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Really interesting article in the New Zealand Herald today about the number of schools offering Reading Recovery.
This system was developed in New Zealand in the 70s in order to support 6-year-olds struggling with literacy. It's been used around the world but now due to new research into how the brain works and learns, it's no longer as popular as it used to be, with less than 40% of schools now offering the programme.
There is no doubt the debate as to how to teach young kids the basics of reading has become more heated over the years, especially considering our literacy figures. A 2020 UNICEF report found over a third of our 15-year-olds did not have the basic proficiency in literacy and maths. This is one of the many reports that shows New Zealand kids are falling behind in core subjects of reading, writing, maths, and science.
So when it comes to reading, the debate has been around two different approaches to teaching reading: what we currently do now, which is whole language learning, learning through words and context, and structured literacy, a phonics-based system, where words are decoded by sounding out letters.
If you’re around my age and was at school in the seventies, then that was probably the system you use. You learned through phonics.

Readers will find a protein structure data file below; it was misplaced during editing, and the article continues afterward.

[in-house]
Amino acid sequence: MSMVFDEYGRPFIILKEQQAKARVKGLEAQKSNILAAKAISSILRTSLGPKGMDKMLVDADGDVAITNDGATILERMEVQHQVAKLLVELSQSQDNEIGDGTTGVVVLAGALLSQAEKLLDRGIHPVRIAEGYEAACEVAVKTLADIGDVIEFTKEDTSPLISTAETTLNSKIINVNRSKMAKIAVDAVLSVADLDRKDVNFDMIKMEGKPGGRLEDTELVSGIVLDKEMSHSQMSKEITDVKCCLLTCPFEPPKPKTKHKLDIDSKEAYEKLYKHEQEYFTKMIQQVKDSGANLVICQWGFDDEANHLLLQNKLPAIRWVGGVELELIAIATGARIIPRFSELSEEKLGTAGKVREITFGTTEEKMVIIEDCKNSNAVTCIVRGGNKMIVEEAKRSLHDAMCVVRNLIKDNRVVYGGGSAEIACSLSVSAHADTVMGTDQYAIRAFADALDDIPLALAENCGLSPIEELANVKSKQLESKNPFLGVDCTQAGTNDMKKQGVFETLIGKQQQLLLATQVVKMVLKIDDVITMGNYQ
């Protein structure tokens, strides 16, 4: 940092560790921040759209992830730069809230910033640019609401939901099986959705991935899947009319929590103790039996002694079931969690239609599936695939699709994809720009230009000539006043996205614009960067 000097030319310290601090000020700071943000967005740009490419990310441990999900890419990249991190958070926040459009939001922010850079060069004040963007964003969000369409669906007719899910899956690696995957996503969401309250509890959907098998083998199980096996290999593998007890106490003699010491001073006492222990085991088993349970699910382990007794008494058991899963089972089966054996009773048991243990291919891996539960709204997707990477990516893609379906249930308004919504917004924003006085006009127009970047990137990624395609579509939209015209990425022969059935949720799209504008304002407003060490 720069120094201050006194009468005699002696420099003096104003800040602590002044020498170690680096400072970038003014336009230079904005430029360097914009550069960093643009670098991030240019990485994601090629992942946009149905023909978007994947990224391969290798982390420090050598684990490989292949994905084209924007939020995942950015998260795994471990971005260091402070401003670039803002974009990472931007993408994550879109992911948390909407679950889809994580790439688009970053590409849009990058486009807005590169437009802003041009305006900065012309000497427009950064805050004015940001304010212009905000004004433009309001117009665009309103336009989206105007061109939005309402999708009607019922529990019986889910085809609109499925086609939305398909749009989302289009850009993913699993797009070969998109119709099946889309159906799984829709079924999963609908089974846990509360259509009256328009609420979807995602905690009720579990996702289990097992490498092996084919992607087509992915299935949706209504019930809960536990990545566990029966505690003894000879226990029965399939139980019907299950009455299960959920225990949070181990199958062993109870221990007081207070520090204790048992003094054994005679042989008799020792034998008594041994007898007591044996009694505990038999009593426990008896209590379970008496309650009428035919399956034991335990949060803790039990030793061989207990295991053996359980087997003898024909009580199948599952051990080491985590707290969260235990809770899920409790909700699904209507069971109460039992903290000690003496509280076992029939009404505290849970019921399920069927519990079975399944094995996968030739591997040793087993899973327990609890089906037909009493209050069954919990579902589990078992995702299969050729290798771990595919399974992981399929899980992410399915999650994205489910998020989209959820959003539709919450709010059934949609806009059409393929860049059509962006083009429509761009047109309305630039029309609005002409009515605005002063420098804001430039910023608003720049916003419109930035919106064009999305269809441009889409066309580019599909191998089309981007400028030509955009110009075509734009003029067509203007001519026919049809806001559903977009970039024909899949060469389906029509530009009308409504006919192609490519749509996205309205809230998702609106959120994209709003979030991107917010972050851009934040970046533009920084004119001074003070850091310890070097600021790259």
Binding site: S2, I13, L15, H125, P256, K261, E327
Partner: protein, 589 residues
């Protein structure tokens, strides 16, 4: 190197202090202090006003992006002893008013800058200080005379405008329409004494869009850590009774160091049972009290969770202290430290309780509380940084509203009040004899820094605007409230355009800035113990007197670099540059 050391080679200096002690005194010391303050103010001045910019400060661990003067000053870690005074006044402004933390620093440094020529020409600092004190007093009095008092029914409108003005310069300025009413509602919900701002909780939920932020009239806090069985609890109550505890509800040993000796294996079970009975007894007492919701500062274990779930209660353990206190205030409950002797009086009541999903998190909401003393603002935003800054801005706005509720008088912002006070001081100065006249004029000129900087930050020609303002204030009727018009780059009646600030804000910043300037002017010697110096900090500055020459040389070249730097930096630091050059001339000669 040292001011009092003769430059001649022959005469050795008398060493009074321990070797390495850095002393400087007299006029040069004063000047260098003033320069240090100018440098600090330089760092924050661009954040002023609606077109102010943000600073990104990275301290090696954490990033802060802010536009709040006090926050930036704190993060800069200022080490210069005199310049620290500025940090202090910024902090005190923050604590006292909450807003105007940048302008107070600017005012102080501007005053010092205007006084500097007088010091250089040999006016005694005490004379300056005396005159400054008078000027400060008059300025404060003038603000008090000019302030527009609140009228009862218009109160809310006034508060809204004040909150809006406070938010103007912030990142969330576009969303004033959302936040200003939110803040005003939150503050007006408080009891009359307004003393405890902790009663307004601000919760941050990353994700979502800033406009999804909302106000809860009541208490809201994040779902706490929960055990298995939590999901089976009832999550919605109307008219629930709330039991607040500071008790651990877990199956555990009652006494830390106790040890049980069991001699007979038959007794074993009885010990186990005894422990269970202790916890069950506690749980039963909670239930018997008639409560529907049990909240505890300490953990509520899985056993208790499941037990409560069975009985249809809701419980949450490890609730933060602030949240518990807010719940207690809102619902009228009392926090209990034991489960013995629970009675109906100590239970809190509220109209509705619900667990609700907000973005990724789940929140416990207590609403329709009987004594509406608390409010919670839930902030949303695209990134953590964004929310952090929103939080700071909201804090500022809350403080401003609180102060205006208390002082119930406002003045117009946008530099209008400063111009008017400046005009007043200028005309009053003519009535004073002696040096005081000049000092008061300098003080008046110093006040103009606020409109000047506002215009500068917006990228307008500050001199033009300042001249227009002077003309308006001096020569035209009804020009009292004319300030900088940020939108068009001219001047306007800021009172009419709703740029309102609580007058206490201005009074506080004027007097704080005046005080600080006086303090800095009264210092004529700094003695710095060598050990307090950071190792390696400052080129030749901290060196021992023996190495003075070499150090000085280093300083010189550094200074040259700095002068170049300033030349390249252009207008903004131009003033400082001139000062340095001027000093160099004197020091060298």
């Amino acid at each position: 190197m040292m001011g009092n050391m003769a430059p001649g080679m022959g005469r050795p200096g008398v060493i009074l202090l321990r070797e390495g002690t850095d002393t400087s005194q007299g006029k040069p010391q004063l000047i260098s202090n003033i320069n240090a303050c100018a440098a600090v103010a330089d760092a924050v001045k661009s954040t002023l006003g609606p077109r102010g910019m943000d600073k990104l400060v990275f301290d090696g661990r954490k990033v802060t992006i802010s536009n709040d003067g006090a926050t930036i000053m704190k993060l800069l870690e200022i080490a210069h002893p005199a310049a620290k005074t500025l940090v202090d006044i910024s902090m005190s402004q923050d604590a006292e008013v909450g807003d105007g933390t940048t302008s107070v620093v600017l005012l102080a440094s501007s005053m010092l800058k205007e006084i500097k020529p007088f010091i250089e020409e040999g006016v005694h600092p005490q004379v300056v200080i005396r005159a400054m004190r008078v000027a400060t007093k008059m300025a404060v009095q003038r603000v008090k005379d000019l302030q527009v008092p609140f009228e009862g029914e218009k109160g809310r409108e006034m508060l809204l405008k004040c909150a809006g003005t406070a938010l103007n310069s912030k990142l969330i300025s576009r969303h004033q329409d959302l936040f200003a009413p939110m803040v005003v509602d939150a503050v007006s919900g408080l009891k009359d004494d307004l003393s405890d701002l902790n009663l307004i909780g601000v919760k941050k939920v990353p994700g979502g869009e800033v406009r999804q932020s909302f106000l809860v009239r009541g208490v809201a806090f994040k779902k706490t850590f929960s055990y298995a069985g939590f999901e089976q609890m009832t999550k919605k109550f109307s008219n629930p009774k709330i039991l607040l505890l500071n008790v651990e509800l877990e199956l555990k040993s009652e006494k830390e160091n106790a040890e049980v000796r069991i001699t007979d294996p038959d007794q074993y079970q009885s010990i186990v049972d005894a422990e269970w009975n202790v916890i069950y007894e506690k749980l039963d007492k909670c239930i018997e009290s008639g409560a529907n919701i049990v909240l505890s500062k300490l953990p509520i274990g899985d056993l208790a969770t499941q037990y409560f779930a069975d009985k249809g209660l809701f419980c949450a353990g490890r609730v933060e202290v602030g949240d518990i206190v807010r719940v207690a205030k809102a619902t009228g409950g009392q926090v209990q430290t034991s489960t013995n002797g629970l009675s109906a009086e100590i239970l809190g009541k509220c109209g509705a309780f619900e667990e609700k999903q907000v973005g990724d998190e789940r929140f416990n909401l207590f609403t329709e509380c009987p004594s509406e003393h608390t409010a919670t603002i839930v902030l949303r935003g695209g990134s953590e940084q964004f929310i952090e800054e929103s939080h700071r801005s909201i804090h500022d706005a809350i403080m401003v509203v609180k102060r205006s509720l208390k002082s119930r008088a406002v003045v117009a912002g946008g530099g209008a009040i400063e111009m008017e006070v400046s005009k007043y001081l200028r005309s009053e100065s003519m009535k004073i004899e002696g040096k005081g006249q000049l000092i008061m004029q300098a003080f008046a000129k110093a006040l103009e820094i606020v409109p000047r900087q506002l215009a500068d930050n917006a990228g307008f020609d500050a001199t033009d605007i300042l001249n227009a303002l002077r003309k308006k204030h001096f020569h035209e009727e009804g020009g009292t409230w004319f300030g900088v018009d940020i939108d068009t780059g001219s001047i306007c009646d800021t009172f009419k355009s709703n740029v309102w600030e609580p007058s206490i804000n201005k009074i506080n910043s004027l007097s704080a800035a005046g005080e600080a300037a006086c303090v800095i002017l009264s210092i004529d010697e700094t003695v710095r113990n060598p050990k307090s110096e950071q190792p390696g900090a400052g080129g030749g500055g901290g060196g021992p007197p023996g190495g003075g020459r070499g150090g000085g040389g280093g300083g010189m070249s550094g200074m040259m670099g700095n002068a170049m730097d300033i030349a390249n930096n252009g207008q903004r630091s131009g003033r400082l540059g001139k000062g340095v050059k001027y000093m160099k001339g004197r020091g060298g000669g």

Even though Reading Recovery has undergone a massive overhaul recently and has, I do believe, pulled in some of the structural literacy approaches. If you talk to schools which have implemented structural literacy as their way of teaching, you will hear about positive results and how their tale of non-achieving is reducing.
It's working for slow readers as well as the one-in-five children who are neurodivergent and often have learning disabilities like dyslexia. It's 20% of our kids, so talk to those who work in this field, and they'll tell you about the success of structured literacy.
So I think it's a good thing that National plans to mandate structured literacy in primary schools and offer this as a solution to those who need extra support. There are differing views as to why Reading Recovery is dropping, why it is less popular. Potentially teacher shortages, of course, it requires one-on-one work, more children needing help, and the politicisation of Reading Recovery has influenced parents, and these are all issues which are not going to go away.
They're still going to have to be addressed, but teaching our children shouldn't be led by politics. It should be led by what is best for our children, the latest research into neuroscience and an evidence-based approach, and all that points to structured learning.
So in your eyes, is it about how we teach our children to read? Is it about access to professional support when needed, or is it about parents picking up the slack at home and participating in their children's education? Quite frankly, it's all these things.
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